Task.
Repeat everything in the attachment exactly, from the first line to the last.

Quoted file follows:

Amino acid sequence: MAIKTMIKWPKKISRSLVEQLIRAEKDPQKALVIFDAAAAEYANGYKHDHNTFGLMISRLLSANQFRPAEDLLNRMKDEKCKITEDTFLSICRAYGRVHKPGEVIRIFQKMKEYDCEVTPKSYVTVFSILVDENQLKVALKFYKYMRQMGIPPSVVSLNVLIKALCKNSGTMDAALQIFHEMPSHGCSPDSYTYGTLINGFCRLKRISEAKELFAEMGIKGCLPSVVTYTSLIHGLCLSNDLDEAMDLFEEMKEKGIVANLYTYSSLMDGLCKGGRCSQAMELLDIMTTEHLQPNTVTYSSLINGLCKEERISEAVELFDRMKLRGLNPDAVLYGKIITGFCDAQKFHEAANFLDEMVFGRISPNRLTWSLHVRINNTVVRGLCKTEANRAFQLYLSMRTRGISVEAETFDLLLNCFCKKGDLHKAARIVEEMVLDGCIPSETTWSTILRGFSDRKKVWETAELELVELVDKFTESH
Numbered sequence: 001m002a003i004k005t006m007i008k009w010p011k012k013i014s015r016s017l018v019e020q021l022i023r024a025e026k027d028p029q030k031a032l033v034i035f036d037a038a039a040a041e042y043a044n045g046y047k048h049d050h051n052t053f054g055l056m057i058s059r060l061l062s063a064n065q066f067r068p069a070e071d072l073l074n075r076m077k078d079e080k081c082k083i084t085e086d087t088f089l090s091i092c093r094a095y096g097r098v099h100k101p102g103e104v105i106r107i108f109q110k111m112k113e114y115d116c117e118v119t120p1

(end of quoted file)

Amino acid sequence: MAIKTMIKWPKKISRSLVEQLIRAEKDPQKALVIFDAAAAEYANGYKHDHNTFGLMISRLLSANQFRPAEDLLNRMKDEKCKITEDTFLSICRAYGRVHKPGEVIRIFQKMKEYDCEVTPKSYVTVFSILVDENQLKVALKFYKYMRQMGIPPSVVSLNVLIKALCKNSGTMDAALQIFHEMPSHGCSPDSYTYGTLINGFCRLKRISEAKELFAEMGIKGCLPSVVTYTSLIHGLCLSNDLDEAMDLFEEMKEKGIVANLYTYSSLMDGLCKGGRCSQAMELLDIMTTEHLQPNTVTYSSLINGLCKEERISEAVELFDRMKLRGLNPDAVLYGKIITGFCDAQKFHEAANFLDEMVFGRISPNRLTWSLHVRINNTVVRGLCKTEANRAFQLYLSMRTRGISVEAETFDLLLNCFCKKGDLHKAARIVEEMVLDGCIPSETTWSTILRGFSDRKKVWETAELELVELVDKFTESH
Numbered sequence: 001m002a003i004k005t006m007i008k009w010p011k012k013i014s015r016s017l018v019e020q021l022i023r024a025e026k027d028p029q030k031a032l033v034i035f036d037a038a039a040a041e042y043a044n045g046y047k048h049d050h051n052t053f054g055l056m057i058s059r060l061l062s063a064n065q066f067r068p069a070e071d072l073l074n075r076m077k078d079e080k081c082k083i084t085e086d087t088f089l090s091i092c093r094a095y096g097r098v099h100k101p102g103e104v105i106r107i108f109q110k111m112k113e114y115d116c117e118v119t120p1